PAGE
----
One question that the book takes on is the value of Hubble. Gainor estimates that the full cost of Hubble, including operations and the shuttle missions to launch and service it, is around $20 billion in present-day dollars. That is a lot of money, albeit spread out over several decades, but Hubble has become over that time the world’s most famous telescope. Data from the telescope has been used in more than 16,000 scientific papers as of 2019, he notes. It also helped build support not just for future space telescopes like JWST but also the International Space Station: the success of the 1993 servicing mission, with a series of complex spacewalks to repair the telescope, provided reassurances to NASA and the White House that the space station was feasible. Hubble and its images have become cultural touchstones, which could explain the outpouring of support when NASA said it would cancel the fifth servicing mission. Compare that to the ridicule it faced in the early 1990s: Gainor notes that, in the 1991 comedy The Naked Gun 2½, a picture of Hubble was on the wall of a bar along with notable disasters like the Titanic and the Hindenberg.

Astronomers remain hopeful Hubble can keep operating through the middle of the decade and beyond. That is a longevity that, when the mission was originally designed with a 15-year life, could not be imagined.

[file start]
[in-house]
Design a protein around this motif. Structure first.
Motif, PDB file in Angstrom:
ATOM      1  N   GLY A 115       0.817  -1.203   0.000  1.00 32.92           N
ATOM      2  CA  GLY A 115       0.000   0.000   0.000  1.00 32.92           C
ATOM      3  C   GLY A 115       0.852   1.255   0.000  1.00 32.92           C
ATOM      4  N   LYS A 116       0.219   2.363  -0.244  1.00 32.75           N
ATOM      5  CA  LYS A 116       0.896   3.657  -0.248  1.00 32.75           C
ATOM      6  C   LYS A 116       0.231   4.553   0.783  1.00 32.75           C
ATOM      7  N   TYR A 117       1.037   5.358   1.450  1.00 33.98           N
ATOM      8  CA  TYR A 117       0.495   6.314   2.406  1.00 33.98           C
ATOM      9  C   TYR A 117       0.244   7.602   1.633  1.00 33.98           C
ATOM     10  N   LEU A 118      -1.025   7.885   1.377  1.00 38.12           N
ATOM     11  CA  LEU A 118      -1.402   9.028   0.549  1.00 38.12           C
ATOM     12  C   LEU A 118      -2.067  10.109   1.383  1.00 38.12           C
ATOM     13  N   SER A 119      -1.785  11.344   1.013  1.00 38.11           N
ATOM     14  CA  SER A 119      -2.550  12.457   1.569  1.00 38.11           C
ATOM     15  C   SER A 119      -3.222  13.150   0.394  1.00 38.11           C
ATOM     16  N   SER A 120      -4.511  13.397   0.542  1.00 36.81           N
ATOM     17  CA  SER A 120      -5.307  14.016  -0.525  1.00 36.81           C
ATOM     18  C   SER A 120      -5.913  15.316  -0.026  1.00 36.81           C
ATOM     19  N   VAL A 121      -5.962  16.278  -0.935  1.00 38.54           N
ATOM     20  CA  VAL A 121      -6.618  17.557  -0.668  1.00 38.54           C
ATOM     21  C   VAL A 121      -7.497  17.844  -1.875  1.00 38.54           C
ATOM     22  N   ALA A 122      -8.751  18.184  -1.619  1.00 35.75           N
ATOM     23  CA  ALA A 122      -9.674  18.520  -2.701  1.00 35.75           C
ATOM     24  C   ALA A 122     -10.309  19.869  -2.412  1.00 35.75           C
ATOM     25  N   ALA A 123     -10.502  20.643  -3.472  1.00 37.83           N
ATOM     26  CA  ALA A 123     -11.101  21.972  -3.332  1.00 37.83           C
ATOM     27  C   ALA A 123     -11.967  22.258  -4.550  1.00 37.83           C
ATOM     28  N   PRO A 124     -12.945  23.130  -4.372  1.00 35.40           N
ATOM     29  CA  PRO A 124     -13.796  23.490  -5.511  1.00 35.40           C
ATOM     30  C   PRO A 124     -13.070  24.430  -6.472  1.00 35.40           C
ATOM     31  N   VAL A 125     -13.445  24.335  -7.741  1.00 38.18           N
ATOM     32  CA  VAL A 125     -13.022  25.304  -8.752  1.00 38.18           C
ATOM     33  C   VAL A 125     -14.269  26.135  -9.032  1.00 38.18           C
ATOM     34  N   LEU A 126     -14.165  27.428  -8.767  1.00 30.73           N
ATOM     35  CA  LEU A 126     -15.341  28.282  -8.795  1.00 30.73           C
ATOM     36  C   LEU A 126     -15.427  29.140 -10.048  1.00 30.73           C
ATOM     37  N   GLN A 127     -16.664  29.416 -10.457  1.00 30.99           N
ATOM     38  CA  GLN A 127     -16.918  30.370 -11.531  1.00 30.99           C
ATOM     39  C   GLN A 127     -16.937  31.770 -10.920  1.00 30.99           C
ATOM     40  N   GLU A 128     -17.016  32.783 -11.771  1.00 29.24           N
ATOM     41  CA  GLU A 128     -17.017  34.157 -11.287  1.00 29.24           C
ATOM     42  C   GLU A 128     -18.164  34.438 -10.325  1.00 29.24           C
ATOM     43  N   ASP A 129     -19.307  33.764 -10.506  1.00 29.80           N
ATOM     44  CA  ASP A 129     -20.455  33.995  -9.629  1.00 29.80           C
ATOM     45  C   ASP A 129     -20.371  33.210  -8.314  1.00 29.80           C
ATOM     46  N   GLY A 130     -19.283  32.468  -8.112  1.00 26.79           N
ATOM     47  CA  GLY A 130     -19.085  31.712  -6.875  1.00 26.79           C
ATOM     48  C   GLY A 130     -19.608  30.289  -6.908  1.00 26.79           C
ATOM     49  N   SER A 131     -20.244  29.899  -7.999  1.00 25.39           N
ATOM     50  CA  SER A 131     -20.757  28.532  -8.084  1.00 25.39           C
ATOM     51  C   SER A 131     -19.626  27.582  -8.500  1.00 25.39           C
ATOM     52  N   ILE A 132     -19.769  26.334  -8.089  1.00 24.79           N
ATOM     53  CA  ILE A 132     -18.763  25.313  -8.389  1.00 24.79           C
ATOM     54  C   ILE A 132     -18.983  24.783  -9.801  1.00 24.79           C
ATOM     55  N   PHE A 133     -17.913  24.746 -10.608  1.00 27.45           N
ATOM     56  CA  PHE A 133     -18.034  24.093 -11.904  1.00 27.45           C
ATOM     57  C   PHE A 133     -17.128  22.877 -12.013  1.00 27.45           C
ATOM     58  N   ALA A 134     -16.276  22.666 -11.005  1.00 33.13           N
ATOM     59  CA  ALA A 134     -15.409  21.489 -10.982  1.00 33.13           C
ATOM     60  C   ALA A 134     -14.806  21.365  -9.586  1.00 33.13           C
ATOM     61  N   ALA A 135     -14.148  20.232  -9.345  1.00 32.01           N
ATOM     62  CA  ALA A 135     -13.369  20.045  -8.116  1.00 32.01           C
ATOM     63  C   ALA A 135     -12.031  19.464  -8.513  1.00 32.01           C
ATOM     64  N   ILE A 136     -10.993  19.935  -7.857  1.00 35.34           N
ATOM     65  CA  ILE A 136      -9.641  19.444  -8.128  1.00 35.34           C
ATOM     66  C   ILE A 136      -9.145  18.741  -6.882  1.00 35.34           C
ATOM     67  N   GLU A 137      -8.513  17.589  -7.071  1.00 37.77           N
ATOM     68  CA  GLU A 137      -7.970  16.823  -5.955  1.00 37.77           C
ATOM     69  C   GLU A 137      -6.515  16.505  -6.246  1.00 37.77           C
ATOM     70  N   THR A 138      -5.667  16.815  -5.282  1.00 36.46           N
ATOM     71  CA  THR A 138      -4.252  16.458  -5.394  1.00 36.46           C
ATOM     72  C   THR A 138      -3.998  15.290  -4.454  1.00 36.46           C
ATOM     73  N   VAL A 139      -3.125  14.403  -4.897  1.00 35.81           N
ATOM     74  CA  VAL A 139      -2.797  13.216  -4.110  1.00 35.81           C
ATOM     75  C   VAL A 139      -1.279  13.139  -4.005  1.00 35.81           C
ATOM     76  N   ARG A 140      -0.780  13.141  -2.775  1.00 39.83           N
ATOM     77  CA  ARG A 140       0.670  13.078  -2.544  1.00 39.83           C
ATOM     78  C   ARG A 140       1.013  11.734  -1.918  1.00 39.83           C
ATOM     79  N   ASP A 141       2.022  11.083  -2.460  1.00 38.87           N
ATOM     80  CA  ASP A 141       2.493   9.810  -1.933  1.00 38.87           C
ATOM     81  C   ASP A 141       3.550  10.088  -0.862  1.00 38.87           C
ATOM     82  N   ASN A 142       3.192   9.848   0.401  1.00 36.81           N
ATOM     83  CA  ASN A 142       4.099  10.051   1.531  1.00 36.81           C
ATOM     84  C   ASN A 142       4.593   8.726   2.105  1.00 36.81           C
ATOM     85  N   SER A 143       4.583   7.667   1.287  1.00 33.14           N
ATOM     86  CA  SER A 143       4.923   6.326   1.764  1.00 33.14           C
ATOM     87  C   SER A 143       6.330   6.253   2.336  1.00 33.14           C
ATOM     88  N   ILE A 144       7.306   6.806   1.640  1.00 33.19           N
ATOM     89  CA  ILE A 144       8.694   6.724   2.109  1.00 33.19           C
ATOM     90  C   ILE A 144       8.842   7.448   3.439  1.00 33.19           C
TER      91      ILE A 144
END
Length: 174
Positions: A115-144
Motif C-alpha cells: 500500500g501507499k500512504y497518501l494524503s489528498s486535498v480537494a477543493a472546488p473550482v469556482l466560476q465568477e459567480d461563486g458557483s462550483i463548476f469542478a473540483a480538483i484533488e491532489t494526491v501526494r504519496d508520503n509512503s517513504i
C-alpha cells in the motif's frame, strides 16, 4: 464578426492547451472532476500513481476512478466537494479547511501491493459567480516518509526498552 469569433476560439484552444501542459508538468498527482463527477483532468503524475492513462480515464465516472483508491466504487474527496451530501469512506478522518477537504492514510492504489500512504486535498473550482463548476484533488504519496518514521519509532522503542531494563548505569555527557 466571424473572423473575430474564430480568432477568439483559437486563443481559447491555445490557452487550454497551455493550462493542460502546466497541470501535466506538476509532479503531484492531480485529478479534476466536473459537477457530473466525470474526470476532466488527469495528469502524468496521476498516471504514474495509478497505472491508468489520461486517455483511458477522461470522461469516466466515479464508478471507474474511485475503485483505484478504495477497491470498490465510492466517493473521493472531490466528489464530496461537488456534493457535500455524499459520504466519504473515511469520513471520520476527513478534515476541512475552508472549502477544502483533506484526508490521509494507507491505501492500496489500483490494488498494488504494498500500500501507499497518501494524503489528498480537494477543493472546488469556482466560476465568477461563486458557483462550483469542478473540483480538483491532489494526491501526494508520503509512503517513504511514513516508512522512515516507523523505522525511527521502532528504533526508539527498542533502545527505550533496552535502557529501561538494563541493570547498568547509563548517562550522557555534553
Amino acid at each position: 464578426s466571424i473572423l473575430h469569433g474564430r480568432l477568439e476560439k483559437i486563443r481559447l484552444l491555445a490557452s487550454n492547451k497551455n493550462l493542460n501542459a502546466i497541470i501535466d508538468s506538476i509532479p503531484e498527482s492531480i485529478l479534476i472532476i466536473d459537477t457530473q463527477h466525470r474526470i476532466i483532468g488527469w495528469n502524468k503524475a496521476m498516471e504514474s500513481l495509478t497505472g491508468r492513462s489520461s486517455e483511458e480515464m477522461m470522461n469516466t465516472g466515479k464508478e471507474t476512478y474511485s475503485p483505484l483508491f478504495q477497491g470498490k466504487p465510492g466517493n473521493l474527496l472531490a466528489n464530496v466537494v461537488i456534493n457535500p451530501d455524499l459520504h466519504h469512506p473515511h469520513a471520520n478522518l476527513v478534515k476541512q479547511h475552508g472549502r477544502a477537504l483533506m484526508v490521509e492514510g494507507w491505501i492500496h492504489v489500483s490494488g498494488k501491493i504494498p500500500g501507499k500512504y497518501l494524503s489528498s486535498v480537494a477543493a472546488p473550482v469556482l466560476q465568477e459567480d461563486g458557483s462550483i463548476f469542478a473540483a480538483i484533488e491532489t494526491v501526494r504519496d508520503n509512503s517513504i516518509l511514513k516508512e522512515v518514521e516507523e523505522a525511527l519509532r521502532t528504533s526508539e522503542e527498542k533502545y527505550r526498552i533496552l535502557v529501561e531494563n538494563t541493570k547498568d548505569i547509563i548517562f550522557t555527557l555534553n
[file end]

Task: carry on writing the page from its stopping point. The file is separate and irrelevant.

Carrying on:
Some of the lessons from Hubble won’t be directly applicable to JWST. A key one is servicing: while Hubble’s life was extended, and its capabilities increased, with servicing, JWST is on its own at the Earth-Sun L-2 point, 1.5 million kilometers away. (There had been some discussion before the launch of a robotic refueling mission for JWST, but the precise Ariane 5 launch, saving fuel for stationkeeping that could double its life, may but the brakes on that.) But JWST will take advantage of the science and operational lessons of Hubble, and even some lessons from Hubble’s commissioning. In 1990, NASA officials agreed to release first images from Hubble as soon as possible, but JWST officials say they’ll hold off on showing those first images until the commissioning is complete months from now. One reason for doing so, a project scientist said at a briefing earlier this month, is that it will take a lot of work to align JWST’s mirrors; those first images “will be ugly.”

Hubble itself continues. The telescope remains in remarkably good condition despite being more than a dozen years since the final servicing mission. While it has encountered a number of technical problems in recent years, engineers have been able to restore full operations and astronomers remain hopeful Hubble can keep operating through the middle of the decade and beyond. That is a longevity that, when the mission was originally designed with a 15-year life, could not be imagined, much like its scientific and broader legacy.